People holding flags during the Jan. 6 riot at the U.S. Capitol
Source: Getty

Texts to Mark Meadows Reveal Many Asked Trump to Condemn Jan. 6 Riots

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Dec. 14 2021, Published 3:28 p.m. ET

When right-wing and conservative supporters stormed the Capitol on Jan. 6, it was the beginning of a less-than-peaceful transition of power following the 2020 election. Former President Donald Trump told his followers multiple times that the election was "fraudulent." While many Republican lawmakers and figureheads stood beside Trump through the end of his presidency, new text messages to former Chief of Staff Mark Meadows reveal that many of them urged for action against the insurrection.

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Late on Dec. 13, the text messages were revealed by the House committee that's investigating the Jan. 6 attack on the U.S. Capitol. The committee is voting on Dec. 14 about whether to hold Meadows in contempt of Congress for refusing to comply with the Jan. 6 committee subpoena.

The new text messages show that many people called for Trump to call off the rioters at the Capitol.

In the text messages read at the hearing, it was revealed that many of Trump's staff members and even some Fox News figures called for Meadows to urge Trump to do something about the riot, according to Politico.

“Hey Mark, the president needs to tell people in the Capitol to go home … this is hurting all of us … he is destroying his legacy,” Laura Ingraham wrote.

“Can he make a statement? … Ask people to leave the Capitol,” Sean Hannity asked.

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Mark Meadows
Source: Getty

“Please get him on tv. Destroying everything you have accomplished,” Brian Kilmeade's text read.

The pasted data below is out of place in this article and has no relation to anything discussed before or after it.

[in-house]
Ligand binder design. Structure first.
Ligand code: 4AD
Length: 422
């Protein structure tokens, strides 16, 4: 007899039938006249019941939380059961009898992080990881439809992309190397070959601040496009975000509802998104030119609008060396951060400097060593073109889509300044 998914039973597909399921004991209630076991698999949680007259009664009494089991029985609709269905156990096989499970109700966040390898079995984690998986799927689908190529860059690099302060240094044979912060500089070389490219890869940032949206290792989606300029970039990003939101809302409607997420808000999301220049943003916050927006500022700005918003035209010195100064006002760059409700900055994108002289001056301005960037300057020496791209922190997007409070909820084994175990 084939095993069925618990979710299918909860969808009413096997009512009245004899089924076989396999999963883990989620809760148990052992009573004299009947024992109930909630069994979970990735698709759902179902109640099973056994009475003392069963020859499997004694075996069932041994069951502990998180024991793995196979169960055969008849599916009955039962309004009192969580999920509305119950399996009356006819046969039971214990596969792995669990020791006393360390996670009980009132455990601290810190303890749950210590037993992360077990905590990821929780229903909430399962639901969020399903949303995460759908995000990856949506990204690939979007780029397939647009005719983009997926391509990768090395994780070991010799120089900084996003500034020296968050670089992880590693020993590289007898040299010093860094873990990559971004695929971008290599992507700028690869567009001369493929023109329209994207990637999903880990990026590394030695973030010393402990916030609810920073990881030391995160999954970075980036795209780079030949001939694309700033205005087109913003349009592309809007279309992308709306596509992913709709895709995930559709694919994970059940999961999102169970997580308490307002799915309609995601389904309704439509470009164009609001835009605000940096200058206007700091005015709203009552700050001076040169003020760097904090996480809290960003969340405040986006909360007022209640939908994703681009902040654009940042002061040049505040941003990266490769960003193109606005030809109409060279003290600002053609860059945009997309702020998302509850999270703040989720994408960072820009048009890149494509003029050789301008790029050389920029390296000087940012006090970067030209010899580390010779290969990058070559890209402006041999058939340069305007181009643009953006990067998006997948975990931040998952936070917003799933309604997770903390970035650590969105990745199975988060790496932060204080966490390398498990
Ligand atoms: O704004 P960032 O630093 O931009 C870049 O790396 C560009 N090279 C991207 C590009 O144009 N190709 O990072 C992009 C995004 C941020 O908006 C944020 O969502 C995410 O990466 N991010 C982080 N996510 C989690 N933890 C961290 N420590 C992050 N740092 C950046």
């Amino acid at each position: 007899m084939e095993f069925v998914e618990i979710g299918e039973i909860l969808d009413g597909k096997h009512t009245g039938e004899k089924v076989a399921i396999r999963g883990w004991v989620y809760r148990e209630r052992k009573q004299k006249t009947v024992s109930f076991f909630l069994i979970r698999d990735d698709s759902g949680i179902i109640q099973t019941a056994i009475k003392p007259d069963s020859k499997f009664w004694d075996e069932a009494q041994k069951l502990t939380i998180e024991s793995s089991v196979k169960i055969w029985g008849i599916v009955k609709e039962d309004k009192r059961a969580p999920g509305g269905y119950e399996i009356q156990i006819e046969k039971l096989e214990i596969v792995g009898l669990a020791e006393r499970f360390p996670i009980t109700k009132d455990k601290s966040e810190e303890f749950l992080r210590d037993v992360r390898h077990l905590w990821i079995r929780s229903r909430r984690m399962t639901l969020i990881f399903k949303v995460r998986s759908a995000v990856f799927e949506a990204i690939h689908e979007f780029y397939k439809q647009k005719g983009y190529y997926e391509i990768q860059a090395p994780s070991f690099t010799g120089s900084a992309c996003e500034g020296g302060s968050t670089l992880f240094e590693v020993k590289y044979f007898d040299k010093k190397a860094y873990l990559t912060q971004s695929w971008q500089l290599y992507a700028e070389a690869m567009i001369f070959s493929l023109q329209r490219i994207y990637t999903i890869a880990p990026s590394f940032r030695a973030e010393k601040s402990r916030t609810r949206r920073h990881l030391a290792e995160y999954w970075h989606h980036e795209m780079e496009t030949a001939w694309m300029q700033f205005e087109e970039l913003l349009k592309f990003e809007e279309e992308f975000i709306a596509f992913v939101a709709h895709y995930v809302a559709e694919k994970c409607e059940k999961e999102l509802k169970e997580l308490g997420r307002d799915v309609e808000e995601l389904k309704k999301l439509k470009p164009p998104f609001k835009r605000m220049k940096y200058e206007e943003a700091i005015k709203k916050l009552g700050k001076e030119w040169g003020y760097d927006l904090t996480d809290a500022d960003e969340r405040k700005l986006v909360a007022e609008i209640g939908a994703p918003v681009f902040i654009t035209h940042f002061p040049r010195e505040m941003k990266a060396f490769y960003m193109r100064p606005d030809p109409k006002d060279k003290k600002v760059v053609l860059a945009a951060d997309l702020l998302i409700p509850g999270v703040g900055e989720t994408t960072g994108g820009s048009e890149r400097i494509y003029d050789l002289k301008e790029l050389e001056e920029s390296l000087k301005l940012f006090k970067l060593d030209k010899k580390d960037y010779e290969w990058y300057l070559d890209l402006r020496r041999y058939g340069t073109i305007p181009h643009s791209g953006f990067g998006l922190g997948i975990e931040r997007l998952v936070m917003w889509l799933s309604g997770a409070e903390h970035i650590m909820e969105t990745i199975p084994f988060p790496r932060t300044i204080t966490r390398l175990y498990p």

Even Trump's son, Donald Trump Jr., urged the former chief of staff to get the then-president to condemn the actions of the rioters at the Capitol.

“He’s got to condemn this [s--t] Asap," Trump Jr. wrote. "The Capitol Police tweet is not enough... we need an Oval Office address."

Clearly, there were many faces on the Republican side who acknowledged the severity of the Jan. 6 riots.

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Despite the pleas that came in throughout the day, it was hours before Trump released a video online condemning the actions of those storming the Capitol.

Donald Trump
Source: Getty
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Other text messages show that some people weren't as ready to admonish the rioters.

While many people texted Meadows and tried to get him to encourage Trump to condemn the actions of those at the Capitol, there were others who were less dismissive.

“On January 6, 2021, Vice President Mike Pence, as President of the Senate, should call out all electoral votes that he believes are unconstitutional as no electoral votes at all," one lawmaker, who hasn't been named, told Meadows.

Following the insurrection, another unnamed lawmaker texted Meadows, “Yesterday was a terrible day. We tried everything we could in our objection to the 6 states. I’m sorry nothing worked."

Following the reading of these text messages, the panel investigating the Jan. 6 insurrection held Meadows in criminal contempt of Congress. They cited these messages as evidence against his refusal to testify in court.

"At this point, Sean, you know, it'll be turned over to the hands of the DOJ," Meadows told Sean Hannity on Fox News this week. "I can say this, that when you look at the criminal component of this, the intent — there's never been an intent on my part."

We will have to wait and see how the House votes on whether or not to hold Meadows in contempt of Congress on Dec. 14.

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